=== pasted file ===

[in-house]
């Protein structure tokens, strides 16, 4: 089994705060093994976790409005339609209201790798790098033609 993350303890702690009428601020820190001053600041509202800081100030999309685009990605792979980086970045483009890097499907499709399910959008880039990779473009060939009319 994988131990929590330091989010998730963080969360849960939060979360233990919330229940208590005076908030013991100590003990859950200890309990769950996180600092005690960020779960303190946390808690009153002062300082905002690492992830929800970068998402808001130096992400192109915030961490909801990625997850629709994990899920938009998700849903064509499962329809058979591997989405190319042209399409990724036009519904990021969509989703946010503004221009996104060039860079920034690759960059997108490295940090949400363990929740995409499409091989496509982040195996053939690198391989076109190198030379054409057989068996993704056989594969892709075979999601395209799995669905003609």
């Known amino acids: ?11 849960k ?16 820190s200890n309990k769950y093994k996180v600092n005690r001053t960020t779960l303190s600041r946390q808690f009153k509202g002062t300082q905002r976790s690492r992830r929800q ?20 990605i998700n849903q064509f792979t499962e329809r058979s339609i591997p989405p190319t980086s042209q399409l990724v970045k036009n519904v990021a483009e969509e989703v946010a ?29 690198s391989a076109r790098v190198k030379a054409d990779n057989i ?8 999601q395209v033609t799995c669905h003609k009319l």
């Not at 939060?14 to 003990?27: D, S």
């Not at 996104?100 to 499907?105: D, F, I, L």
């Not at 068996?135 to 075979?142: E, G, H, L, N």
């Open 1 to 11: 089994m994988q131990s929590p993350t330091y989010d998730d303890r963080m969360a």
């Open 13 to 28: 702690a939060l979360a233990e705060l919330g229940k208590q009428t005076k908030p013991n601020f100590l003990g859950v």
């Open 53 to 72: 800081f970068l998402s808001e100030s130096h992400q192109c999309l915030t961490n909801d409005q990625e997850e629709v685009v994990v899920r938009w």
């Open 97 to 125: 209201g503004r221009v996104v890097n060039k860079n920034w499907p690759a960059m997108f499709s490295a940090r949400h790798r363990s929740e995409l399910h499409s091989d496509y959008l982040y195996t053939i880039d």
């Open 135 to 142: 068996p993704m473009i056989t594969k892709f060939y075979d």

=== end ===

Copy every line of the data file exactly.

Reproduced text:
[in-house]
């Protein structure tokens, strides 16, 4: 089994705060093994976790409005339609209201790798790098033609 993350303890702690009428601020820190001053600041509202800081100030999309685009990605792979980086970045483009890097499907499709399910959008880039990779473009060939009319 994988131990929590330091989010998730963080969360849960939060979360233990919330229940208590005076908030013991100590003990859950200890309990769950996180600092005690960020779960303190946390808690009153002062300082905002690492992830929800970068998402808001130096992400192109915030961490909801990625997850629709994990899920938009998700849903064509499962329809058979591997989405190319042209399409990724036009519904990021969509989703946010503004221009996104060039860079920034690759960059997108490295940090949400363990929740995409499409091989496509982040195996053939690198391989076109190198030379054409057989068996993704056989594969892709075979999601395209799995669905003609």
């Known amino acids: ?11 849960k ?16 820190s200890n309990k769950y093994k996180v600092n005690r001053t960020t779960l303190s600041r946390q808690f009153k509202g002062t300082q905002r976790s690492r992830r929800q ?20 990605i998700n849903q064509f792979t499962e329809r058979s339609i591997p989405p190319t980086s042209q399409l990724v970045k036009n519904v990021a483009e969509e989703v946010a ?29 690198s391989a076109r790098v190198k030379a054409d990779n057989i ?8 999601q395209v033609t799995c669905h003609k009319l």
């Not at 939060?14 to 003990?27: D, S």
């Not at 996104?100 to 499907?105: D, F, I, L």
């Not at 068996?135 to 075979?142: E, G, H, L, N």
């Open 1 to 11: 089994m994988q131990s929590p993350t330091y989010d998730d303890r963080m969360a």
């Open 13 to 28: 702690a939060l979360a233990e705060l919330g229940k208590q009428t005076k908030p013991n601020f100590l003990g859950v």
């Open 53 to 72: 800081f970068l998402s808001e100030s130096h992400q192109c999309l915030t961490n909801d409005q990625e997850e629709v685009v994990v899920r938009w």
């Open 97 to 125: 209201g503004r221009v996104v890097n060039k860079n920034w499907p690759a960059m997108f499709s490295a940090r949400h790798r363990s929740e995409l399910h499409s091989d496509y959008l982040y195996t053939i880039d």
């Open 135 to 142: 068996p993704m473009i056989t594969k892709f060939y075979d």